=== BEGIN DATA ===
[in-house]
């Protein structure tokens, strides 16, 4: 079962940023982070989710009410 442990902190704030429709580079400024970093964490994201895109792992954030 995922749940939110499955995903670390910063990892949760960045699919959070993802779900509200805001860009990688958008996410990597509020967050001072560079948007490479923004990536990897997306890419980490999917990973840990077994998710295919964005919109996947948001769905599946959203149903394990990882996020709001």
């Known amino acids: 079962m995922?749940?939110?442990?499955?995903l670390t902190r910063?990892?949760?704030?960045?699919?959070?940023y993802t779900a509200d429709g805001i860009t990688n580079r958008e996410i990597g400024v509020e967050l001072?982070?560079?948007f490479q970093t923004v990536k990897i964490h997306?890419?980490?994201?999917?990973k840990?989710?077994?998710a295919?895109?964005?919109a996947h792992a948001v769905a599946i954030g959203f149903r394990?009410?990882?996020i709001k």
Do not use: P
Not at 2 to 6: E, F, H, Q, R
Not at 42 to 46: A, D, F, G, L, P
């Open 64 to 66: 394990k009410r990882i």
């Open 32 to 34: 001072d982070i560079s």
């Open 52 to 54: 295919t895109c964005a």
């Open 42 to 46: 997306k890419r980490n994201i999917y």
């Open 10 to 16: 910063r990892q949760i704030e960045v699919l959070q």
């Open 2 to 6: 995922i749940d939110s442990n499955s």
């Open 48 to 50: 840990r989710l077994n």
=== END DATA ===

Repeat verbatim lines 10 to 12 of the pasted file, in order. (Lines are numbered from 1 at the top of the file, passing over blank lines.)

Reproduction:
């Open 42 to 46: 997306k890419r980490n994201i999917y």
């Open 10 to 16: 910063r990892q949760i704030e960045v699919l959070q």
């Open 2 to 6: 995922i749940d939110s442990n499955s």